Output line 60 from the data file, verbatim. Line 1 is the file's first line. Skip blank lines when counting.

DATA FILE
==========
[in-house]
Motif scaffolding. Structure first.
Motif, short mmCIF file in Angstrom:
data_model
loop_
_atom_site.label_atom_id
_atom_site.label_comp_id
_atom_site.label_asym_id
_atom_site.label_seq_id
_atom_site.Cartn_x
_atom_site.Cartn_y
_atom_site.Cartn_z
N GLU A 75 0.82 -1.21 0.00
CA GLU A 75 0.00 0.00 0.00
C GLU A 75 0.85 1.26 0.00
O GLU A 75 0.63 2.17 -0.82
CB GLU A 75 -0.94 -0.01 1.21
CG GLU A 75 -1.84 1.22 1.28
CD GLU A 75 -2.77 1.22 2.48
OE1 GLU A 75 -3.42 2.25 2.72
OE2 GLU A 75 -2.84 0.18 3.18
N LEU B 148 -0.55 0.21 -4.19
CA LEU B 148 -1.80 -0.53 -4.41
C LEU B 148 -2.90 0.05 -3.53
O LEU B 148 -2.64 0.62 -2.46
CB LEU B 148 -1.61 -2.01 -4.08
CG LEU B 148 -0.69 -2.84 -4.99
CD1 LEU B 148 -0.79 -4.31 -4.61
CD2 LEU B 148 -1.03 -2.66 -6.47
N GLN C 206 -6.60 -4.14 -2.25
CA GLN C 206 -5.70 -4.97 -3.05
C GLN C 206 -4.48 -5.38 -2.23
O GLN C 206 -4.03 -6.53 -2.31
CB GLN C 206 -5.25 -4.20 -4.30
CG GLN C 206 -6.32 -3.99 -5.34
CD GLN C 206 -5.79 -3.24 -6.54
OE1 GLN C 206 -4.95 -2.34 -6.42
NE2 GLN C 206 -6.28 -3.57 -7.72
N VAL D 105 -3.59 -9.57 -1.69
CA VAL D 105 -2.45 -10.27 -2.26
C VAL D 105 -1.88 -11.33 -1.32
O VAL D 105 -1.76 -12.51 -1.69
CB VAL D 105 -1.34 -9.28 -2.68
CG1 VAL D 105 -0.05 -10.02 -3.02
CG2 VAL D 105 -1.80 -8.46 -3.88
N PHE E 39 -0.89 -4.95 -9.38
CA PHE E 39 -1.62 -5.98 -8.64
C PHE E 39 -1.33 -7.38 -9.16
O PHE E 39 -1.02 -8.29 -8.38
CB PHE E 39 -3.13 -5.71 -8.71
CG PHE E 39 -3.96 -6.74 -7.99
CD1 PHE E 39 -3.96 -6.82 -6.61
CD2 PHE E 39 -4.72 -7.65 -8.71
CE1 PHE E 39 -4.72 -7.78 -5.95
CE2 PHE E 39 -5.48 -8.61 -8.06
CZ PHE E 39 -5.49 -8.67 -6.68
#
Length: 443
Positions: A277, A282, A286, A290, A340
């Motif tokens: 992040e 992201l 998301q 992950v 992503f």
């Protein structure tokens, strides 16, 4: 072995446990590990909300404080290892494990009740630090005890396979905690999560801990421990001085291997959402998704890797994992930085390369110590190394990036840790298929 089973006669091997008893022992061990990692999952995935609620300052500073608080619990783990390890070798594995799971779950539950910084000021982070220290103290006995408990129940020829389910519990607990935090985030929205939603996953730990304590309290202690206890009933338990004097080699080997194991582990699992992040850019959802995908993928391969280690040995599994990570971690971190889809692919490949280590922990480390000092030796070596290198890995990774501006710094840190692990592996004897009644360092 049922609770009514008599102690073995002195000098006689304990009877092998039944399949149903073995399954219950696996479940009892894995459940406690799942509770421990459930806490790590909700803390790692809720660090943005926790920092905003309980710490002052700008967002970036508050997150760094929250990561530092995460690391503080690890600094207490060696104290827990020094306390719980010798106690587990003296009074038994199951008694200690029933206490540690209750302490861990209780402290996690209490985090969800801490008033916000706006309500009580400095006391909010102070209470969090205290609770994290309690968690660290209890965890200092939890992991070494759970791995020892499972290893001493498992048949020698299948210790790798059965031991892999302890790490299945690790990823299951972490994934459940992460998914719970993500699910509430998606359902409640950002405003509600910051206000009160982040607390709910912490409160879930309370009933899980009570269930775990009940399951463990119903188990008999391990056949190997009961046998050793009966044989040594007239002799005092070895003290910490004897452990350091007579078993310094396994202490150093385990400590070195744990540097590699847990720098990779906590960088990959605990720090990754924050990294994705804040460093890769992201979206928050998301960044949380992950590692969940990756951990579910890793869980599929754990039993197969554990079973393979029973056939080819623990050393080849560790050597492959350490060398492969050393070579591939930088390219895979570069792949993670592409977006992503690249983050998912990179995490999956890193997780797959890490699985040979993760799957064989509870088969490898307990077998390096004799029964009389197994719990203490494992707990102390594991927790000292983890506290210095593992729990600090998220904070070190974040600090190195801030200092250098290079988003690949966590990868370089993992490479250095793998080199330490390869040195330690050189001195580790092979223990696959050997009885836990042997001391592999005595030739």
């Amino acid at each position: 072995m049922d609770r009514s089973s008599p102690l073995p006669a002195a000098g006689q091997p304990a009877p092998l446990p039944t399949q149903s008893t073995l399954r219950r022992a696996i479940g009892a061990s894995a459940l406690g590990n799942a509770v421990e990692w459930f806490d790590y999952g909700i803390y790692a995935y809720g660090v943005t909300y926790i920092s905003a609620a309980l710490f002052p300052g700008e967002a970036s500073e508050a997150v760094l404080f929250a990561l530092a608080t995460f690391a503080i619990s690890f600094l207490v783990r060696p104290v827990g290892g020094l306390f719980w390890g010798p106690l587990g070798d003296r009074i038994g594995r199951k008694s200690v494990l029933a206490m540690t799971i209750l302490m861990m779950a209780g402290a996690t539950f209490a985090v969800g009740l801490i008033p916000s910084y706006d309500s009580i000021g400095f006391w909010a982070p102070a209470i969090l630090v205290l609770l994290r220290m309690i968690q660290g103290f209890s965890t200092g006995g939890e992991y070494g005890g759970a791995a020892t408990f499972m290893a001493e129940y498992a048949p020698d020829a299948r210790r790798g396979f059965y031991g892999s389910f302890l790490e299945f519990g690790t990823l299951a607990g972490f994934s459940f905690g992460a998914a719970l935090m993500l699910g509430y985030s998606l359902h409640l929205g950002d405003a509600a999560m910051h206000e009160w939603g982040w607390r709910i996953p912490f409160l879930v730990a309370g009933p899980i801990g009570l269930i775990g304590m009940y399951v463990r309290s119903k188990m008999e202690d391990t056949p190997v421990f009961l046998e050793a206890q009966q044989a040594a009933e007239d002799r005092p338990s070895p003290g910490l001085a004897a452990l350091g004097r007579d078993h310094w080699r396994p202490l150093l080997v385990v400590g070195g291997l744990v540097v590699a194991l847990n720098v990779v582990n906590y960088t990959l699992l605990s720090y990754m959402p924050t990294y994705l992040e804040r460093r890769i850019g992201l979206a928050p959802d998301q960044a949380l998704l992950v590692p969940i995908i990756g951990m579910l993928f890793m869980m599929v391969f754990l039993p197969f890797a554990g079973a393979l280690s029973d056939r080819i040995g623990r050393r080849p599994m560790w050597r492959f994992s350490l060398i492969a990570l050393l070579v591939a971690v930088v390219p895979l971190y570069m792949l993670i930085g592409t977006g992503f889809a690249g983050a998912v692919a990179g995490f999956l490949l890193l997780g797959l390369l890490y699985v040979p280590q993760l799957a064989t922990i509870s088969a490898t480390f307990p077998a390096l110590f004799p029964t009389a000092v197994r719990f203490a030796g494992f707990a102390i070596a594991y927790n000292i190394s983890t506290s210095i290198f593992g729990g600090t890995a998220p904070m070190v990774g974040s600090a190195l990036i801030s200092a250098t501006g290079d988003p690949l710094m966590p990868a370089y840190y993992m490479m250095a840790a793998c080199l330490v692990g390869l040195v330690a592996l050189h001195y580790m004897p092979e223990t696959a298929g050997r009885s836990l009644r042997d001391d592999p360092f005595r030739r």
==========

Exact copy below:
């Motif tokens: 992040e 992201l 998301q 992950v 992503f």